Homily for Feb. 15, Tuesday of the VI week in OT year I
Sometimes we can get discouraged by the daily news. Not a day passes that we don’t hear about violence, suffering, and every kind of immorality. We don’t even need the media to bring this to our attention; we see it around us every day. It seems like our world isn’t that different from the world Noah lived in, when the Lord saw “how great was man’s wickedness.”
However, we should not lose hope; God does not abandon us to the perversity of humanity’s self-destructive tendencies. Since the first centuries of Christianity, theologians have seen in the account of Noah’s Ark a symbol of the Church. Instead of drowning in the troubles of the world, we have this safe haven of grace, forgiveness, and spiritual sustenance to keep us afloat. In the Bible, water is a symbol of both destruction and creation; through the waters of Baptism we die to sin and become new creations in Christ, members of the Church, passengers and sailors on the ship of salvation.
The psalm today ties into this imagery. The references to the Lords’ voice “over the waters” harkens back to the creation narrative of Genesis that we heard in the first reading about a week ago, and when it says that God is “enthroned above the flood” it calls up this image of God destroying evil and making a new creation for those whom He has chosen, thus blessing His people with peace.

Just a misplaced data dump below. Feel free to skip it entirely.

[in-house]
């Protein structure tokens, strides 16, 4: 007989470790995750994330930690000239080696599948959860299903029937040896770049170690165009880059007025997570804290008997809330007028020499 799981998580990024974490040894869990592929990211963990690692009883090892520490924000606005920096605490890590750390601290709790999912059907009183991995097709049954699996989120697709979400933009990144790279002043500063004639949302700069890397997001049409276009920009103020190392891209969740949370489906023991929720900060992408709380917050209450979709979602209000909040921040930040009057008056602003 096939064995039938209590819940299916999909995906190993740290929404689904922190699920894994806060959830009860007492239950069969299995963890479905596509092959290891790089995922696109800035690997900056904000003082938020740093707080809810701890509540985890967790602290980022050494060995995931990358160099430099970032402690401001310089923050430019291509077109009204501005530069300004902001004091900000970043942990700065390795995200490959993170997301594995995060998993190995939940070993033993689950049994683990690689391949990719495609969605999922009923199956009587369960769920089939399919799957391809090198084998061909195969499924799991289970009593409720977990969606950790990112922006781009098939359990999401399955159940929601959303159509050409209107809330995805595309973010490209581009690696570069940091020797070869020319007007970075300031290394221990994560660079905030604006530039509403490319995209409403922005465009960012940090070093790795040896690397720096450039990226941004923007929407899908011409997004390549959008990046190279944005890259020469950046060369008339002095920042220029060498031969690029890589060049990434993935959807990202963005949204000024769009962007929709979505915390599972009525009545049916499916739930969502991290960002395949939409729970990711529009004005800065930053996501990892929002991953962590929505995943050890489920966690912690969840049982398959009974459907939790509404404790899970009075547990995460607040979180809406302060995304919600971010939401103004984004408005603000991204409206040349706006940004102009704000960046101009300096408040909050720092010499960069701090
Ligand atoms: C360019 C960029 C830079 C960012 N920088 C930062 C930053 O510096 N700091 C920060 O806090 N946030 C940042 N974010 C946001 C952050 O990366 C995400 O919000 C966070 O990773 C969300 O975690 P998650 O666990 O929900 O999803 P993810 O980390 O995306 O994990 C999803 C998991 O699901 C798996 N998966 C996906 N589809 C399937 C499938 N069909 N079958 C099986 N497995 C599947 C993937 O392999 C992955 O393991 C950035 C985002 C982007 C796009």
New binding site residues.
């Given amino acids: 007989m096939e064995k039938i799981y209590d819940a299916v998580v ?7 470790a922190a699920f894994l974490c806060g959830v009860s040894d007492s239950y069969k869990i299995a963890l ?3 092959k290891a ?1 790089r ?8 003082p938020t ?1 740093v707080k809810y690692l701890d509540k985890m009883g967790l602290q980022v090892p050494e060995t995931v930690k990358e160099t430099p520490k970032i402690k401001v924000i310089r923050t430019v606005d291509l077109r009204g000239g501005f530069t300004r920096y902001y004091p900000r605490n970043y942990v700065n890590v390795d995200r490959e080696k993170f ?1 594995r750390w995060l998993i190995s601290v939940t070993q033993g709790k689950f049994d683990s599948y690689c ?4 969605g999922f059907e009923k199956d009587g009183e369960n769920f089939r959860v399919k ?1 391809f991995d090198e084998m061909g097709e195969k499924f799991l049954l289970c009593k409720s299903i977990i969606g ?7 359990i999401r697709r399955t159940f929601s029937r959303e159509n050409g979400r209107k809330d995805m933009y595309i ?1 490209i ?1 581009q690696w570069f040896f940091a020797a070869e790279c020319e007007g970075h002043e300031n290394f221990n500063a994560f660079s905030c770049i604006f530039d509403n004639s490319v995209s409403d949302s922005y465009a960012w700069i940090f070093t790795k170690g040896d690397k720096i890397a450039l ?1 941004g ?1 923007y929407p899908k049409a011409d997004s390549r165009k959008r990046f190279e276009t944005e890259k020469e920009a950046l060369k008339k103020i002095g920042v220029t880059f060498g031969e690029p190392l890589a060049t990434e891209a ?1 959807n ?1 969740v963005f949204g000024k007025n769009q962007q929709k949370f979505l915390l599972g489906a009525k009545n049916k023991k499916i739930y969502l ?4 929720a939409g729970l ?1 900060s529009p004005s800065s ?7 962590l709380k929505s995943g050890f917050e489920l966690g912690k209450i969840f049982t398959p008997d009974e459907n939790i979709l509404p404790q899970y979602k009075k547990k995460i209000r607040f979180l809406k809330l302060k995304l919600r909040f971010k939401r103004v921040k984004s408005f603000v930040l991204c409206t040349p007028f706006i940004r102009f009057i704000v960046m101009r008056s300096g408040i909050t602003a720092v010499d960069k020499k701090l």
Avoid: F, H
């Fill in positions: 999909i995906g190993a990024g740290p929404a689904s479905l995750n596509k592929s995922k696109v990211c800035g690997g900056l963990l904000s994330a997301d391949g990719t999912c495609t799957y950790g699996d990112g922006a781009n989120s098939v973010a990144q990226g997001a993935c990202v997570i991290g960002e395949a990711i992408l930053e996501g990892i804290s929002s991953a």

The Gospel today can be read in this light too. The disciples are with Jesus in a boat on the water, and the Lord warns them about the “leaven of the Pharisees and of Herod”. They are a little slow sometimes, and so they think He’s talking about ordinary bread. Jesus points out that He can provide bread any time He wants to; what He’s worried about is the bad attitude of those who are self-righteous and hypocritical, on one hand (the Pharisees), and self-indulgent and violent on the other (Herod). Jesus wants everyone in the boat of the Church, but He wants us to beware of being infected by the mentality of the enemies of Christ, or of holding on to our sinfulness and stowing it away as luggage on the ship. God will provide us with all that we need, so we must strive to “travel light”, seeking with His help to rid ourselves of our selfishness and sin.
The Church is a big ship, and despite our best intentions, we all do bring some baggage with us – some more than others. We see that in the sad reality of divisions and scandals in the Church. But, instead of jumping overboard, let us pray today that God will help the Church be constantly cleansed and renewed, so that all people will see the Church as that great Ark that God has built for us to save us from the destruction of sin and carry us safely to heaven.